3 Possible Defenses in a Medical License Case

23 March 2021
 Categories: , Blog


If you're preparing for a medical license defense, it's a good idea to think about how you'll position your arguments. A medical license defense attorney usually tries to present one of the following three rebuttals to allegations.

It Didn't Happen

As is often the case in American law, the simplest defense, if you can assert it, is that whatever the allegation is didn't happen. Notably, the bulk of the burden of proof in a medical license defense effort doesn't rest with the accusers. This isn't a criminal proceeding, and the accusers merely need to show that a reasonable person would believe a violation might have occurred.

In other words, strict denial is a defense that can be challenging if there is some kernel of truth to the accusations. A medical license defense attorney usually won't present this argument unless there is extensive evidence that the allegations couldn't have occurred.

The Actions Were Medically Acceptable and Justifiable

More commonly, licensed medical professionals will assert that their actions made sense under the circumstances. For example, someone accused of providing an unethically high dose of painkilling drugs to a patient might assert that the individual was in the comfort phase of a fatal illness. Generally, an attorney will have several experts from the same field as the accused provide explanations of how they might offer similar care under the same circumstances.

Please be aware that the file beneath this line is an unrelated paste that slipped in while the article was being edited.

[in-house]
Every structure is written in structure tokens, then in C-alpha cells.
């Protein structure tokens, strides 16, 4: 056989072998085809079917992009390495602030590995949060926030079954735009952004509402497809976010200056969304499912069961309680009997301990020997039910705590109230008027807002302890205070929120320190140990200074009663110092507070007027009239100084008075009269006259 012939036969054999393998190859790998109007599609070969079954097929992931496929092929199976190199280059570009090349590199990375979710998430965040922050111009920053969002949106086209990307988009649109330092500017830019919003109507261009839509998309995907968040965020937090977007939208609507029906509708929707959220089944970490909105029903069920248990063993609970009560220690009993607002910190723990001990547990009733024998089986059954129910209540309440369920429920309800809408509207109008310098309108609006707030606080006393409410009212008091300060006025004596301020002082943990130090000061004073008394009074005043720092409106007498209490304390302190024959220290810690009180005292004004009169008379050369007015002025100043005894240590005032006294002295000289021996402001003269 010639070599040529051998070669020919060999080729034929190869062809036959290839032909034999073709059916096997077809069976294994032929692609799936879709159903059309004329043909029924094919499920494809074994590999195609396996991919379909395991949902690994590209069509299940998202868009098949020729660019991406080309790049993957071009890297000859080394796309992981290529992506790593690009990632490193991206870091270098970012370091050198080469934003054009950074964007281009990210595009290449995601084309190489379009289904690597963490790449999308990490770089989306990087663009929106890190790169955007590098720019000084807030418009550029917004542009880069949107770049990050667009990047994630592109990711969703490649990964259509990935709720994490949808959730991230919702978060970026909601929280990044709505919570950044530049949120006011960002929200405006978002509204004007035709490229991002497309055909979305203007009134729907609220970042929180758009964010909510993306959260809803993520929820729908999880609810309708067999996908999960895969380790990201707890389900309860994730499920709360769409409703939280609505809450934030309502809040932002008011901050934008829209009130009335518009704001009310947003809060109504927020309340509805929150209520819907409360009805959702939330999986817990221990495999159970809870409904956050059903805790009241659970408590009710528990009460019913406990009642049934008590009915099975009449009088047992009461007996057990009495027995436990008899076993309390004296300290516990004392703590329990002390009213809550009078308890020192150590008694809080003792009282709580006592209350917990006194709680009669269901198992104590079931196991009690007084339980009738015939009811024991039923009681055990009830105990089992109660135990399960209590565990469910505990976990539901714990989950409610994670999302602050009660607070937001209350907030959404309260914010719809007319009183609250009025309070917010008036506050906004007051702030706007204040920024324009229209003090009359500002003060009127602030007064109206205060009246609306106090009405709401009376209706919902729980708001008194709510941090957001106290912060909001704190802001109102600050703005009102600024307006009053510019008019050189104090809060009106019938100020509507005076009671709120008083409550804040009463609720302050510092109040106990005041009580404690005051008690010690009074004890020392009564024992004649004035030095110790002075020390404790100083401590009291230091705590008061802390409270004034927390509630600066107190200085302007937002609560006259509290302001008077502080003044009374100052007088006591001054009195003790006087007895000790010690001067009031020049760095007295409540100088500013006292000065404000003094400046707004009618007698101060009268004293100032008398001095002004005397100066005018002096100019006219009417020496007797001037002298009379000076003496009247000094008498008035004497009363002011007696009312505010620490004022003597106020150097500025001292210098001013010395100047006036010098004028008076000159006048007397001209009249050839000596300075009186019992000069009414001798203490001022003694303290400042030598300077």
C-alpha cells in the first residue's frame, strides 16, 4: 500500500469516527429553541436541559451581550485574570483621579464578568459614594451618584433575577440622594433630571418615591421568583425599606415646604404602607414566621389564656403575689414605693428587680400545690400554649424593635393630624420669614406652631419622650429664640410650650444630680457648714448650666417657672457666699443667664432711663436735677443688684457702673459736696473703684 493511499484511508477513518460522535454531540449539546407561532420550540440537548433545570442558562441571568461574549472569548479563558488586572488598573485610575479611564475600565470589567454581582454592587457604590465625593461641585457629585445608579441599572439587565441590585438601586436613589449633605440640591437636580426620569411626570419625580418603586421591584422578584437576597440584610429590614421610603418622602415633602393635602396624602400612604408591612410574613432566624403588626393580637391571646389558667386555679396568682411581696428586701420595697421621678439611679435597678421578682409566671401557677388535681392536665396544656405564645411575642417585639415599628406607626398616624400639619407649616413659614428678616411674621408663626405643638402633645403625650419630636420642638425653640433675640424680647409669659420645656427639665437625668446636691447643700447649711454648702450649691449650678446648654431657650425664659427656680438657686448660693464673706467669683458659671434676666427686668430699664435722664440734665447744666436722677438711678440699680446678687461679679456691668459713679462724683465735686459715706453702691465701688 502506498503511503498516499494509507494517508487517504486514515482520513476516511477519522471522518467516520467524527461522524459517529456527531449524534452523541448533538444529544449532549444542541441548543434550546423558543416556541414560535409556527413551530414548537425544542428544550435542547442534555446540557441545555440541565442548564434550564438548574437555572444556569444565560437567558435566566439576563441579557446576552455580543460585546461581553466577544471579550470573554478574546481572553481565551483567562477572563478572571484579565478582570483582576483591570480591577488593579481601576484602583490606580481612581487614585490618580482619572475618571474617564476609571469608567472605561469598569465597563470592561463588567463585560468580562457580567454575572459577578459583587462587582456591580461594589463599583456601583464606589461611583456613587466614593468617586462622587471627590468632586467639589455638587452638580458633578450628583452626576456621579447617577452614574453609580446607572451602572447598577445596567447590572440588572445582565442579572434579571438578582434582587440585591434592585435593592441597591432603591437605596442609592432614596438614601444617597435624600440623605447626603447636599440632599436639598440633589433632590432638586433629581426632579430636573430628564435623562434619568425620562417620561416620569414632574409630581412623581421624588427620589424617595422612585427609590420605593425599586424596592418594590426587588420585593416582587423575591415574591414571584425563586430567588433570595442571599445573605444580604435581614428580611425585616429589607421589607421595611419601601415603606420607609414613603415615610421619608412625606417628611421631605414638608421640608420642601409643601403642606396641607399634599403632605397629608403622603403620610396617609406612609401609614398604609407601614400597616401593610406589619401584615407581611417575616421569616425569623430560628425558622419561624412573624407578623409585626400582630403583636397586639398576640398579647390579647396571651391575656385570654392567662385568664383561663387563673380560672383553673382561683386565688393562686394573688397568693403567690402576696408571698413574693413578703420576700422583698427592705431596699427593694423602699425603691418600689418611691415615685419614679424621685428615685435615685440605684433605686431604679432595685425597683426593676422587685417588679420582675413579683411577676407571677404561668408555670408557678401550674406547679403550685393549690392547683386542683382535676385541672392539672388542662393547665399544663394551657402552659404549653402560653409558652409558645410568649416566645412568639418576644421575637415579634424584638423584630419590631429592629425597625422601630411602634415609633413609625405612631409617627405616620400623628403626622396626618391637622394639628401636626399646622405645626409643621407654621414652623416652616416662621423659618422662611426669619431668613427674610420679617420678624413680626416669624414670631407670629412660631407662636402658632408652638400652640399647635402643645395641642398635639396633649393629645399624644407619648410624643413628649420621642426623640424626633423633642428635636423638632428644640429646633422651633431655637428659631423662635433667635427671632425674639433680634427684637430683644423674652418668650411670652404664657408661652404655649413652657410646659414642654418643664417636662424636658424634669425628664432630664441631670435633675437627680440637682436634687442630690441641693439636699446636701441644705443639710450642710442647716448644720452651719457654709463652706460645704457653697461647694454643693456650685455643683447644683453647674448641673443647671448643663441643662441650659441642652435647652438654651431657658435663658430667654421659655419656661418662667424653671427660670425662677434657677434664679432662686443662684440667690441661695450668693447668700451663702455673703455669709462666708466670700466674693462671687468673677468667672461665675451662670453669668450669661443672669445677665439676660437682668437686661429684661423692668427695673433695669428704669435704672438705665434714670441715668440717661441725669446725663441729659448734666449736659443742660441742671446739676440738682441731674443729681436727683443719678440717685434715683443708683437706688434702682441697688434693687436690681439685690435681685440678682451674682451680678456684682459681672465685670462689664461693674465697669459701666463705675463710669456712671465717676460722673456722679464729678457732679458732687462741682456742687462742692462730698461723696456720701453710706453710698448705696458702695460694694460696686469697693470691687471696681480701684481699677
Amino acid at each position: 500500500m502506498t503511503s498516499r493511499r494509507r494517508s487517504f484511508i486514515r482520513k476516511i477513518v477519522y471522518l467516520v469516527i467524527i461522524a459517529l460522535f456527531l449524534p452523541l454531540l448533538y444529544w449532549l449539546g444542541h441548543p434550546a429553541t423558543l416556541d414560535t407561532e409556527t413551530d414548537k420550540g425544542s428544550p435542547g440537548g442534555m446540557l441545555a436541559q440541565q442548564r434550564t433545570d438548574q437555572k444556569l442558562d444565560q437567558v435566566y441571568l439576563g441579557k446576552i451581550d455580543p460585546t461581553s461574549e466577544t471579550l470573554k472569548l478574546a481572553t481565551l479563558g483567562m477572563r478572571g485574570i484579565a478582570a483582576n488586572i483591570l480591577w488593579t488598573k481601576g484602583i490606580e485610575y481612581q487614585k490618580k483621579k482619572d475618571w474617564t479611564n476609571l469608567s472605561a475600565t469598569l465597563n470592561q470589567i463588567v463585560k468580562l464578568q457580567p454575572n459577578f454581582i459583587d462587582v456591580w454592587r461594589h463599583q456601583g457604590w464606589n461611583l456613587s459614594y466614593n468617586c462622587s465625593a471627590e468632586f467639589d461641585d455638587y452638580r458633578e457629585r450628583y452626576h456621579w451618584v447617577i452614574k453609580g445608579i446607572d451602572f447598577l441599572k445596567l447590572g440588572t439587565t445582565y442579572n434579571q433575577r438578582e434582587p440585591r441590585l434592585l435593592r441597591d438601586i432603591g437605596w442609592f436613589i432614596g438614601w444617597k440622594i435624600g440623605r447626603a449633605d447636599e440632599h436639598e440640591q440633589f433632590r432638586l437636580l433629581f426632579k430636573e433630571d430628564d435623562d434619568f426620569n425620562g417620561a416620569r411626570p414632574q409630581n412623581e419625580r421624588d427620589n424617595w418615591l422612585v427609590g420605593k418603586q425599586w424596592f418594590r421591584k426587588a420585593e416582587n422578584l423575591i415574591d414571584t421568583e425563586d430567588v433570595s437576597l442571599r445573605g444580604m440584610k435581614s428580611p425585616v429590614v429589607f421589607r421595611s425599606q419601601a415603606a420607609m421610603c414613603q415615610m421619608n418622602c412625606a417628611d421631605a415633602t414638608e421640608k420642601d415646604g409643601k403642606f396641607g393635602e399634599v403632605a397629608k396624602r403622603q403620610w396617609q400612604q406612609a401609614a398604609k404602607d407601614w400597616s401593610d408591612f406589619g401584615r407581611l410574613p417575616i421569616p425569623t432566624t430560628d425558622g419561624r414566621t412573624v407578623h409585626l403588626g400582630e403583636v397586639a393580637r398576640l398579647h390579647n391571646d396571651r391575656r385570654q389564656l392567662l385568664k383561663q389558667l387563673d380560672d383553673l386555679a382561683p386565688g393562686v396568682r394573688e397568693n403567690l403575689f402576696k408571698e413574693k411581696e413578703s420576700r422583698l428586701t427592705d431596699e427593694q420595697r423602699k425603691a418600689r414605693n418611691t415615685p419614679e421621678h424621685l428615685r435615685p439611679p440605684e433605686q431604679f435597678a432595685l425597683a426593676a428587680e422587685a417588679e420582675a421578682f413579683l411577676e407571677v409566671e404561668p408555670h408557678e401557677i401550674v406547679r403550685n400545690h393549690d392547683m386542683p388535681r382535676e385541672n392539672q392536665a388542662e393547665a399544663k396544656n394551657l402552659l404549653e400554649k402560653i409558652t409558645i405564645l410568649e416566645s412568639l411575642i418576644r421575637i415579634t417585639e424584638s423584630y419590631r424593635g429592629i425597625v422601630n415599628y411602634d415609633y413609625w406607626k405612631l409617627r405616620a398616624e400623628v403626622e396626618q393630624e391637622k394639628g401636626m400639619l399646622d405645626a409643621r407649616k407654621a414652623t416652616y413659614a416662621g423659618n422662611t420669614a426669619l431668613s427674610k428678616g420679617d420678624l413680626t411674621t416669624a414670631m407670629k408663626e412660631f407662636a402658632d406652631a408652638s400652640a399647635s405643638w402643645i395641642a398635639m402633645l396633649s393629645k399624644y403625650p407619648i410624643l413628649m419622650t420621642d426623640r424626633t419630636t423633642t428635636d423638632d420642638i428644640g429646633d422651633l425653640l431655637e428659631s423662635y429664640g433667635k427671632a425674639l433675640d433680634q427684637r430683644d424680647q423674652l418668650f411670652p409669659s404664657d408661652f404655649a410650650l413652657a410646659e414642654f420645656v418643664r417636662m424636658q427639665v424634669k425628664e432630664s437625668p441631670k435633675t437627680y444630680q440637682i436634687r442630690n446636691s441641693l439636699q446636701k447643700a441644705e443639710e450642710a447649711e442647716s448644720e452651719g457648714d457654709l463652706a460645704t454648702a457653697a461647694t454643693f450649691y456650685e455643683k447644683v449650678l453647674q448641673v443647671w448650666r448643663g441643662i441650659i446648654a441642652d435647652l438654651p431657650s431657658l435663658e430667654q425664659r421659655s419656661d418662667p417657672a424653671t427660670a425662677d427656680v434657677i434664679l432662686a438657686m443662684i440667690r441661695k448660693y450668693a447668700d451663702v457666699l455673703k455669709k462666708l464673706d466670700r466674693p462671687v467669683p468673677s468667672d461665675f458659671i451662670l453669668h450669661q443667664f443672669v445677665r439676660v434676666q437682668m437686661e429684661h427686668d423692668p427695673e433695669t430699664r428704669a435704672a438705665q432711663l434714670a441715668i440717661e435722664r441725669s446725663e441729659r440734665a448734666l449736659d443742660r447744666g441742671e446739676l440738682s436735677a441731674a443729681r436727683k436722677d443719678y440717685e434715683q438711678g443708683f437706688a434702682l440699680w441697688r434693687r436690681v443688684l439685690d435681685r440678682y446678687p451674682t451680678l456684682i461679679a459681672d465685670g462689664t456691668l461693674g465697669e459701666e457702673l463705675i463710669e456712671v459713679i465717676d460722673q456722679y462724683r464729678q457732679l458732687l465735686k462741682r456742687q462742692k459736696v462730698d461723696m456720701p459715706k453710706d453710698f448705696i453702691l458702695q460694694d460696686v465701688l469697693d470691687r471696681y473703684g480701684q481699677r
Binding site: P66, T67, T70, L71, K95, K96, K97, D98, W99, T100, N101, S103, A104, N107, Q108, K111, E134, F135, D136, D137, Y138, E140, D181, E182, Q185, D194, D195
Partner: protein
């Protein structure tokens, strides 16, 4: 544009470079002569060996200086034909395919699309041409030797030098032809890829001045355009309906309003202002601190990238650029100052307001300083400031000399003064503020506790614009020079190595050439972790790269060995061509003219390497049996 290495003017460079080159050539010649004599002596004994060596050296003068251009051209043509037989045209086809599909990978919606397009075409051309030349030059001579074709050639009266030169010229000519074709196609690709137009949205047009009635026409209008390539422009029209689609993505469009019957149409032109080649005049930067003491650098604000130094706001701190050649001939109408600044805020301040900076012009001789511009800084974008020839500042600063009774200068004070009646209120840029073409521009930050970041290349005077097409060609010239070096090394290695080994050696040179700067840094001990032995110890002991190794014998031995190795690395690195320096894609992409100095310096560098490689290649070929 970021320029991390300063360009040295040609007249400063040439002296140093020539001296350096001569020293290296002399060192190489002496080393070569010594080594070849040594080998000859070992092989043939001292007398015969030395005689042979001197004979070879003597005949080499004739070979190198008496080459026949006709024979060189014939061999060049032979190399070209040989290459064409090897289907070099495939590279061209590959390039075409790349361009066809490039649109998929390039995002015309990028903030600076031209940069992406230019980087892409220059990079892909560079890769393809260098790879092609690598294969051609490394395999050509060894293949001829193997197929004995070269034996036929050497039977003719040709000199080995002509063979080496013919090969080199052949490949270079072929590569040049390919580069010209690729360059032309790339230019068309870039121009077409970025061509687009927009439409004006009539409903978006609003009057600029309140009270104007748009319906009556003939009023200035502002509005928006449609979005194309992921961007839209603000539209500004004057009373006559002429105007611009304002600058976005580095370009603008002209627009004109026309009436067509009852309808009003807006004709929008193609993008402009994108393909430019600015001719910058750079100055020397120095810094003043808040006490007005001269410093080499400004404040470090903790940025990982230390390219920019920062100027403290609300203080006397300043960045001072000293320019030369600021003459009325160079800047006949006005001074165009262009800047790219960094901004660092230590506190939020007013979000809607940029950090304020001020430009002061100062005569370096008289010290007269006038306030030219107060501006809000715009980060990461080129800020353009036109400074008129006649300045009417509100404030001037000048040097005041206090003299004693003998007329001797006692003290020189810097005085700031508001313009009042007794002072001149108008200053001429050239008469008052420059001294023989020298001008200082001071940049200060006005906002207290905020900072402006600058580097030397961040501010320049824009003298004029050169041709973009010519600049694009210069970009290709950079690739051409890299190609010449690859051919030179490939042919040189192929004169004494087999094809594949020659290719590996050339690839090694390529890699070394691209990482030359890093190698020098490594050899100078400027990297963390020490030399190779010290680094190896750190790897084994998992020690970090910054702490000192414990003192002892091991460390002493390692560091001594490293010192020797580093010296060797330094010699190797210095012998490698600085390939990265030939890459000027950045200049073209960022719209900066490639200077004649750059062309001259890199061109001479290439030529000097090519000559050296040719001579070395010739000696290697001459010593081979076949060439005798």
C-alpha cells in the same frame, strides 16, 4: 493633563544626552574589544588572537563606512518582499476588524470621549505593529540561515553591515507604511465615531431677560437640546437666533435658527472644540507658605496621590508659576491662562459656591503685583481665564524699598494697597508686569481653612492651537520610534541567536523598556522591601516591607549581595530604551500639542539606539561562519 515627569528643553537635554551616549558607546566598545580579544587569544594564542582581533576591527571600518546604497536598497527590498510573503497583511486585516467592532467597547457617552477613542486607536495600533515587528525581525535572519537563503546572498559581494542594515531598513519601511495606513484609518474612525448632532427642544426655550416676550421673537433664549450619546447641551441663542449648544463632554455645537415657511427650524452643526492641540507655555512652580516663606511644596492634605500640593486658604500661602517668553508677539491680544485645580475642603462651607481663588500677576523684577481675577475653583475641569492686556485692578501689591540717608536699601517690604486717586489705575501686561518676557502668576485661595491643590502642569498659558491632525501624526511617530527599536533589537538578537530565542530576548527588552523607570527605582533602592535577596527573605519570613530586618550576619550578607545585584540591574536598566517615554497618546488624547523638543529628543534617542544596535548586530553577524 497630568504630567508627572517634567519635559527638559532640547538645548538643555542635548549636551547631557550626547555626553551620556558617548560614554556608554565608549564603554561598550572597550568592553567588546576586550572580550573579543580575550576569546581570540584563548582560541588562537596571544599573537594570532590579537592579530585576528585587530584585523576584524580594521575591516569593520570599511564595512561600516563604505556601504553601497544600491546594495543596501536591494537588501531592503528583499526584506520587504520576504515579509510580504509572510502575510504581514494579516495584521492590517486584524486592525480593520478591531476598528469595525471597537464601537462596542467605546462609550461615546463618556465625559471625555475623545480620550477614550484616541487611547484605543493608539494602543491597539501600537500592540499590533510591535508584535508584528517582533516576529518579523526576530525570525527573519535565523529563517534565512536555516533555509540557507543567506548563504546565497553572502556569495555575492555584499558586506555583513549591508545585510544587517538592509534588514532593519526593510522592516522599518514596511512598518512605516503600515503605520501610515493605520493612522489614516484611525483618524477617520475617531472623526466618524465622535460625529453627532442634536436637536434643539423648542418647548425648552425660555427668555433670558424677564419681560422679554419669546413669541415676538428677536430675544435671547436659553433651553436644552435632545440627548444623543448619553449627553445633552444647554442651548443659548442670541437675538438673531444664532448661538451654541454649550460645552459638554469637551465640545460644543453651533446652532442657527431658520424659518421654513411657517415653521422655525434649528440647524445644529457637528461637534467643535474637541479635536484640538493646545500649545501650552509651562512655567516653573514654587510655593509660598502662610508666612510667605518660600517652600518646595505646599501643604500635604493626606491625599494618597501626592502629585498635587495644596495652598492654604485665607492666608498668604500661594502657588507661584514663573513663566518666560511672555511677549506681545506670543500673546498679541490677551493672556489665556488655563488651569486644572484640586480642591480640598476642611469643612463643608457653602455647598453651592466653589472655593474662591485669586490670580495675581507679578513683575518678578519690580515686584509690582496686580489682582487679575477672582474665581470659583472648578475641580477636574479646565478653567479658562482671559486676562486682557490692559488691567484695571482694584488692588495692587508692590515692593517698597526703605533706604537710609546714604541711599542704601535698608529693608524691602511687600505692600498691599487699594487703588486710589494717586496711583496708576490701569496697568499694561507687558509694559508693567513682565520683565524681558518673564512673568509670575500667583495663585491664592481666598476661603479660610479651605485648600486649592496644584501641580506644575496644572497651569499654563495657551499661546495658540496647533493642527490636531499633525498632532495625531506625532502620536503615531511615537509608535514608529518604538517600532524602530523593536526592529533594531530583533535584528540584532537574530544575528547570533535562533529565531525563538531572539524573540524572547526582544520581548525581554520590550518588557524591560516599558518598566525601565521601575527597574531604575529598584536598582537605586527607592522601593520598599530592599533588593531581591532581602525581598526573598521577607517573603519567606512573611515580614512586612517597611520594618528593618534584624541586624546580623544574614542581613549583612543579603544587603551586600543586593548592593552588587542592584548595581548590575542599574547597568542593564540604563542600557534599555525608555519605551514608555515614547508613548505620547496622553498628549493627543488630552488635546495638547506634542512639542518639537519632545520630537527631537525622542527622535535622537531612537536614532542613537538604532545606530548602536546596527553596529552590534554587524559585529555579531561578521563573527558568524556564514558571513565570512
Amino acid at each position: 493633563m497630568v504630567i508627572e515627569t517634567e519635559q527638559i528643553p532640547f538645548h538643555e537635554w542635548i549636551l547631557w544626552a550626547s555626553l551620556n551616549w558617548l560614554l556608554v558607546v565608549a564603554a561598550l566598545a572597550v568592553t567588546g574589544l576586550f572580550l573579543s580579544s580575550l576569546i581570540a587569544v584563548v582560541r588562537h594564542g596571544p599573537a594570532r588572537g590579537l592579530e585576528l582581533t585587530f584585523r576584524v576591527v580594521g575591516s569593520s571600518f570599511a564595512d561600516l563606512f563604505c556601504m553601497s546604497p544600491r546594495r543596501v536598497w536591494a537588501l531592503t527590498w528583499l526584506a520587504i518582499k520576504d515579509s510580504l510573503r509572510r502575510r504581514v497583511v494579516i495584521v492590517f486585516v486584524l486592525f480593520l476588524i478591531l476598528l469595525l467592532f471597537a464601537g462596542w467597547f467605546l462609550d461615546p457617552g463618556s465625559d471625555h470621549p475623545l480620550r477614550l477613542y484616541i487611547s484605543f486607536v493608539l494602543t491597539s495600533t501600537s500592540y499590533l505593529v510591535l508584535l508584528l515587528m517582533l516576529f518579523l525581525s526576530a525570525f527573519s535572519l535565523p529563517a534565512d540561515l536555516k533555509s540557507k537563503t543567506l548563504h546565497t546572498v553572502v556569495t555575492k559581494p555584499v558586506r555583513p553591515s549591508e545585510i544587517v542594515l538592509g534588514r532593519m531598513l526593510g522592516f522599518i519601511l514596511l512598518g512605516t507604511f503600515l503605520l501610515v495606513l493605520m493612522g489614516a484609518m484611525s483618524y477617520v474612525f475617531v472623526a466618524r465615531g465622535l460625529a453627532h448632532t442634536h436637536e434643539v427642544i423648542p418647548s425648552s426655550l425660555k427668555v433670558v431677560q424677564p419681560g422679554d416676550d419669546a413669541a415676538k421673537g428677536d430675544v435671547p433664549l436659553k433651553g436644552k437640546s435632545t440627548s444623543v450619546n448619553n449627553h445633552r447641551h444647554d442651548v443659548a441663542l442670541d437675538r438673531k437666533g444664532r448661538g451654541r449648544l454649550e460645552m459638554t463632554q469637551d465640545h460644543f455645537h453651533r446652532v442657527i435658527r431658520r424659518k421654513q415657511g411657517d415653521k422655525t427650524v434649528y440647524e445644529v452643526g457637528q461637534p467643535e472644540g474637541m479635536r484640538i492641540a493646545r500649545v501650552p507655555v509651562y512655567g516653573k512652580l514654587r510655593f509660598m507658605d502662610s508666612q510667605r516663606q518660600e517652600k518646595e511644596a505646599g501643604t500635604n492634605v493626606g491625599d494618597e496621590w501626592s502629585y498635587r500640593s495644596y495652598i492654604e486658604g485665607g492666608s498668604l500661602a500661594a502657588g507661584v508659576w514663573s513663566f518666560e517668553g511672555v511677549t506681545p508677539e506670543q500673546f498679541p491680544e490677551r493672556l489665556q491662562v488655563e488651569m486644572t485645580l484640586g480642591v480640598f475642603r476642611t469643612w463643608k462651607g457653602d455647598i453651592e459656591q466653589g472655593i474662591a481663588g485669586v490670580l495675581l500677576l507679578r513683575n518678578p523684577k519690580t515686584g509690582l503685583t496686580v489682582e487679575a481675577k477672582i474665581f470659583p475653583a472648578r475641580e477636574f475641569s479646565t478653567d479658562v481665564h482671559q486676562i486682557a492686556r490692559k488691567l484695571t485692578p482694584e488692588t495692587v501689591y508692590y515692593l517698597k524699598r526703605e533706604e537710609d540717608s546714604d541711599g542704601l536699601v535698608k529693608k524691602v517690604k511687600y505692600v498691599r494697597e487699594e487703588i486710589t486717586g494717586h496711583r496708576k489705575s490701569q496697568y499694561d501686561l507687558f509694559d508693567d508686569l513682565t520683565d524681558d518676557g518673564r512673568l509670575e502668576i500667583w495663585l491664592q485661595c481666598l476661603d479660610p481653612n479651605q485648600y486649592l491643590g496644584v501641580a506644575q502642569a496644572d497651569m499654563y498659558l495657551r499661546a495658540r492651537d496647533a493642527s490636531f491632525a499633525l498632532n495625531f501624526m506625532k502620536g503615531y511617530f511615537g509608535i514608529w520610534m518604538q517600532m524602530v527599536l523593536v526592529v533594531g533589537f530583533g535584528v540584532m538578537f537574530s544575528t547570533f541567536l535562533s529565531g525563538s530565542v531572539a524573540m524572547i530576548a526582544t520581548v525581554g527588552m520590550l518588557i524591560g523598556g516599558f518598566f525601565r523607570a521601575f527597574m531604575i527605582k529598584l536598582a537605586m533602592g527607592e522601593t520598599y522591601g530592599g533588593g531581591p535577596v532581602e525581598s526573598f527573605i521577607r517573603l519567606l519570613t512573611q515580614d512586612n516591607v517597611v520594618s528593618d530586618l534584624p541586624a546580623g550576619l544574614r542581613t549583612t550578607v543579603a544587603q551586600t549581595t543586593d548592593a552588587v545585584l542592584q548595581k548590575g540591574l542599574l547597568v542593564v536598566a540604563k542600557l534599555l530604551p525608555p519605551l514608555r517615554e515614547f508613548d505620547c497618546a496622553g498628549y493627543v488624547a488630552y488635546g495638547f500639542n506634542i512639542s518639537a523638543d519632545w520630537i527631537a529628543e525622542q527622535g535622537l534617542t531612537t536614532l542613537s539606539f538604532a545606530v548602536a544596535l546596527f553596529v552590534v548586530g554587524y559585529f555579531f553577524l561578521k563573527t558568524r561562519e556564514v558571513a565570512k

Notably, doctors don't have to agree on the choice of care. Instead, a doctor must merely show that most other professionals in their field wouldn't object to the decision. If a surgeon used a procedure that some consider dated, for example, it probably wouldn't lead to a license revocation as long as most professionals would agree it wasn't dangerous or far out of line. There is usually some legal leeway for a doctor to exercise their judgment in these instances.

Not the Cause of the Incident

Another argument is that a professional wasn't the proximate cause of whatever happened. For example, it's sometimes hard to judge a doctor's decisions involving a patient who had been taking illicit drugs before an emergency room visit. If they stopped breathing, there would need to be strong evidence that the course of treatment was the cause. Otherwise, there's a good-faith argument that the doctor was doing their best under bad circumstances.

Cases like this often benefit from extensive documentation of the patient's condition and treatment. A medical license defense can obtain the necessary documents during the discovery process.